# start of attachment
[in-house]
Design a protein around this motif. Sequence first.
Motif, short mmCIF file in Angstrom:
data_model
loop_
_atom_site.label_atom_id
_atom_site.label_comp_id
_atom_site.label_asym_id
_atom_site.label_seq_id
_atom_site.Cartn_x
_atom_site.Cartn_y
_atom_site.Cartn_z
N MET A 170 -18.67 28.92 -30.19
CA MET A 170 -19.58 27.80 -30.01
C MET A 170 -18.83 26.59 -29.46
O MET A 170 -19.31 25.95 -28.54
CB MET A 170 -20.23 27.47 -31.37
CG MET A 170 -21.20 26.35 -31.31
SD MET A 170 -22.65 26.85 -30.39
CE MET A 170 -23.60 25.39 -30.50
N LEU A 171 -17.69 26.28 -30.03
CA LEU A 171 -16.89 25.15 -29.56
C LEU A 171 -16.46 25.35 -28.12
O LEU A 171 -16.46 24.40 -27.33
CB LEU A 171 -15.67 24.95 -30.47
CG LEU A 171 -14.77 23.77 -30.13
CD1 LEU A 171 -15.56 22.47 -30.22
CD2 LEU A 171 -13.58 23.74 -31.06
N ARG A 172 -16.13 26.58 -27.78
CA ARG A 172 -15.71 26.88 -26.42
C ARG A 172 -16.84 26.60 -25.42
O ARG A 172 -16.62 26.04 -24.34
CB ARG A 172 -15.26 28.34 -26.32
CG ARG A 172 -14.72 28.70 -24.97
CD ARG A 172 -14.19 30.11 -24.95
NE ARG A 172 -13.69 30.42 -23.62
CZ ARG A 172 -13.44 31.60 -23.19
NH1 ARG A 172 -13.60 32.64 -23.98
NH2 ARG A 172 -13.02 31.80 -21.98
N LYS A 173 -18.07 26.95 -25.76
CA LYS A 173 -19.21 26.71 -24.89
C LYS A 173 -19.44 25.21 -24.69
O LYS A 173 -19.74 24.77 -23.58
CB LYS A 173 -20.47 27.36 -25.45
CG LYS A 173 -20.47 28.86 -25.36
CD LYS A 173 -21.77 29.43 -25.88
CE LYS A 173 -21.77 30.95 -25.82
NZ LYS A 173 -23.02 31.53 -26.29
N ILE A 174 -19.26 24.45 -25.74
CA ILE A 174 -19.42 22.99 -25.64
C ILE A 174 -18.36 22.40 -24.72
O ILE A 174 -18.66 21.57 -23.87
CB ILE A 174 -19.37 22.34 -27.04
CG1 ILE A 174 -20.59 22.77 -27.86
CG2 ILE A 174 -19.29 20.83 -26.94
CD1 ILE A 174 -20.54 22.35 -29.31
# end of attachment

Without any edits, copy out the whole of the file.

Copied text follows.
[in-house]
Design a protein around this motif. Sequence first.
Motif, short mmCIF file in Angstrom:
data_model
loop_
_atom_site.label_atom_id
_atom_site.label_comp_id
_atom_site.label_asym_id
_atom_site.label_seq_id
_atom_site.Cartn_x
_atom_site.Cartn_y
_atom_site.Cartn_z
N MET A 170 -18.67 28.92 -30.19
CA MET A 170 -19.58 27.80 -30.01
C MET A 170 -18.83 26.59 -29.46
O MET A 170 -19.31 25.95 -28.54
CB MET A 170 -20.23 27.47 -31.37
CG MET A 170 -21.20 26.35 -31.31
SD MET A 170 -22.65 26.85 -30.39
CE MET A 170 -23.60 25.39 -30.50
N LEU A 171 -17.69 26.28 -30.03
CA LEU A 171 -16.89 25.15 -29.56
C LEU A 171 -16.46 25.35 -28.12
O LEU A 171 -16.46 24.40 -27.33
CB LEU A 171 -15.67 24.95 -30.47
CG LEU A 171 -14.77 23.77 -30.13
CD1 LEU A 171 -15.56 22.47 -30.22
CD2 LEU A 171 -13.58 23.74 -31.06
N ARG A 172 -16.13 26.58 -27.78
CA ARG A 172 -15.71 26.88 -26.42
C ARG A 172 -16.84 26.60 -25.42
O ARG A 172 -16.62 26.04 -24.34
CB ARG A 172 -15.26 28.34 -26.32
CG ARG A 172 -14.72 28.70 -24.97
CD ARG A 172 -14.19 30.11 -24.95
NE ARG A 172 -13.69 30.42 -23.62
CZ ARG A 172 -13.44 31.60 -23.19
NH1 ARG A 172 -13.60 32.64 -23.98
NH2 ARG A 172 -13.02 31.80 -21.98
N LYS A 173 -18.07 26.95 -25.76
CA LYS A 173 -19.21 26.71 -24.89
C LYS A 173 -19.44 25.21 -24.69
O LYS A 173 -19.74 24.77 -23.58
CB LYS A 173 -20.47 27.36 -25.45
CG LYS A 173 -20.47 28.86 -25.36
CD LYS A 173 -21.77 29.43 -25.88
CE LYS A 173 -21.77 30.95 -25.82
NZ LYS A 173 -23.02 31.53 -26.29
N ILE A 174 -19.26 24.45 -25.74
CA ILE A 174 -19.42 22.99 -25.64
C ILE A 174 -18.36 22.40 -24.72
O ILE A 174 -18.66 21.57 -23.87
CB ILE A 174 -19.37 22.34 -27.04
CG1 ILE A 174 -20.59 22.77 -27.86
CG2 ILE A 174 -19.29 20.83 -26.94
CD1 ILE A 174 -20.54 22.35 -29.31